Shifting Gears: Chinese Finance in LAC, 2020

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This year, for the first time since 2006, China’s policy banks—China Development Bank (CDB) and the Export-Import Bank of China (Eximbank)—issued no new finance to Latin American and Caribbean (LAC) governments or state-run companies, according to findings from the Inter-American Dialogue’s Asia and Latin America Program and the Global China Initiative at Boston University’s Global Development Policy Center (GDP)

Our newly-published report, Shifting Gears: Chinese Finance in LAC, 2020, considers the reasons for this drop while also documenting other sources of Chinese finance to the region. See the newly-updated Dialogue-GDP China-Latin America Finance Database for information on Chinese sovereign loans to LAC since 2005. 

Main findings:

  • CDB and Eximbank issued no new loans to LAC governments and state-owned enterprises in 2020. Though a first in recent China-LAC relations, the absence of financing this year is also reflective of a broader, downward trend in Chinese finance to the region, evident since 2015. See the Dialogue-GDP China-Latin America Finance Database for details.
  • There are multiple reasons for the recent downturn in Chinese finance. For instance, in 2020, CDB and Eximbank largely focused on addressing the challenges associated with pandemic-era project management, including by issuing low-cost finance and working capital loans to Chinese companies operating overseas. 
  • China’s record of sovereign lending to the region no longer surpasses that of other major development banks. China has issued over $136 billion in credit to the region since 2005, according to Global Development Policy Center and Inter-American Dialogue estimates. But as of 2019, sovereign lending to LAC from the World Bank and the Inter-American Development Bank (IDB) exceeded China’s record over the same period.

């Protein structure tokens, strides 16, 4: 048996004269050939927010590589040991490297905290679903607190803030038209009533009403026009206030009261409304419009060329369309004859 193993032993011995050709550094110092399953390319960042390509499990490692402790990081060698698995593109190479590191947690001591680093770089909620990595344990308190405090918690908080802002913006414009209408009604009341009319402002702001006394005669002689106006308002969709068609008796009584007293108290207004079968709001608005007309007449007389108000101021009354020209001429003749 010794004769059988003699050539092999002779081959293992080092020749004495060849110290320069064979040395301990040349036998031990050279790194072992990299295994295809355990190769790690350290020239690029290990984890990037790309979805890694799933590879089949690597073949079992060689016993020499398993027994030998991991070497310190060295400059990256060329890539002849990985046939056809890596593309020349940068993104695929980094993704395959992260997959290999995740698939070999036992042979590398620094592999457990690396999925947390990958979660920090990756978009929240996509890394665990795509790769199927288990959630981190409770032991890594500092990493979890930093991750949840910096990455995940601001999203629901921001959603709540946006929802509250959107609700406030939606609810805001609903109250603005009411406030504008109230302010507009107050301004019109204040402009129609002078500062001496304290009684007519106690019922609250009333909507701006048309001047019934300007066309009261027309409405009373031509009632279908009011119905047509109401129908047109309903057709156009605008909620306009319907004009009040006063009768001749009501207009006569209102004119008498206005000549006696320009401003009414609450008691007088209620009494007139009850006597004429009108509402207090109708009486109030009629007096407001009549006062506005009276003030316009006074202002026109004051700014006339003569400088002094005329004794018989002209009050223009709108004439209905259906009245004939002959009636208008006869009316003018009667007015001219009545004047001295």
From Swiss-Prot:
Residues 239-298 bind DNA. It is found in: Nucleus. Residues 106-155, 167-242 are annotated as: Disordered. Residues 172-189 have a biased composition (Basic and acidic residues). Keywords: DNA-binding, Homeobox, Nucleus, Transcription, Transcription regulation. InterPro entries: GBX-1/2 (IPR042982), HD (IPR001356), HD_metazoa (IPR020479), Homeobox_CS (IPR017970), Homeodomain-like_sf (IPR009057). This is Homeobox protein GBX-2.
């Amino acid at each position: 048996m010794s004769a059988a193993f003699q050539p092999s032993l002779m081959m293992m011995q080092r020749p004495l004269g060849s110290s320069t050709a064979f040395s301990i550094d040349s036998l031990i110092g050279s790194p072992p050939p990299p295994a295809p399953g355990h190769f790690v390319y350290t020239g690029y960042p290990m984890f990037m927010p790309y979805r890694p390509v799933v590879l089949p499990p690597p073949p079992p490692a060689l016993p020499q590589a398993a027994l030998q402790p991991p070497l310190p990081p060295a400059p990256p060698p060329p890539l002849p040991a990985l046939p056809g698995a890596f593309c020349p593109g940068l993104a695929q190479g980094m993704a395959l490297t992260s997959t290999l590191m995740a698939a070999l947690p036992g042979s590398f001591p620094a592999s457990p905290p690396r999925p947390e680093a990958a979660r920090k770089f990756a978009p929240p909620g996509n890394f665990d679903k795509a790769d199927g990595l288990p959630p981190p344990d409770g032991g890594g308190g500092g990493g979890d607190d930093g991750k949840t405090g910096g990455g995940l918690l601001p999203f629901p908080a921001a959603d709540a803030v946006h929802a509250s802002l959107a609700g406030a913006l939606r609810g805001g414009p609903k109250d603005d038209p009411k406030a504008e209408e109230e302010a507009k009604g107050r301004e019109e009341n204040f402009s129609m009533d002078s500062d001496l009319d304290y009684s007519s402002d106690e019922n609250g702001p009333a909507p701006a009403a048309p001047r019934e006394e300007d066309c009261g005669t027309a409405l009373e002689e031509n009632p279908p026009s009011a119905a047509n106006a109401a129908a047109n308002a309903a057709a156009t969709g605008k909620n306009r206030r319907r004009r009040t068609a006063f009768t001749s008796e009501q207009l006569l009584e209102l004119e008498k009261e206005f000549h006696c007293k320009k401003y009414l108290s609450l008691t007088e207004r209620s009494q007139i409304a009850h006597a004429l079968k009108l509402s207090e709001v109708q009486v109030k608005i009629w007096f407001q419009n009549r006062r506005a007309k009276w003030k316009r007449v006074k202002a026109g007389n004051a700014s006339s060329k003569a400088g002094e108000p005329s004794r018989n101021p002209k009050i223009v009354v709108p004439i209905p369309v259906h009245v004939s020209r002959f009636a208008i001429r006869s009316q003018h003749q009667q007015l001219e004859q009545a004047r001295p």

• Despite the continued drop in Chinese state-to-state finance in the region, it is possible that LAC nations will see some loans from China’s policy banks in 2021. Talks began in 2020 for a possible $2.4 billion loan to Ecuador, but the deal had yet to conclude by year-end. Also, in a statement to his Latin American and Caribbean counterparts in July 2020, Chinese Foreign Minister Wang Yi announced that China would offer $1 billion in loans to LAC governments to assist with the purchase of China’s Covid-19 vaccines.
  • The combined effect of Chinese policy bank activity, co-financing initiatives, commercial bank finance, and other forms of lending will ensure a sizable Chinese financial presence in the region for years to come, potentially in a wider variety of projects. China’s three regional funds—the China-LAC Industrial Cooperation Investment Fund (CLAI Fund), China-LAC Cooperation Fund (CLAC Fund), and Special Loan Program for China-Latin America Infrastructure—have backed a growing number of LAC projects in recent years, including amid the pandemic. 

 

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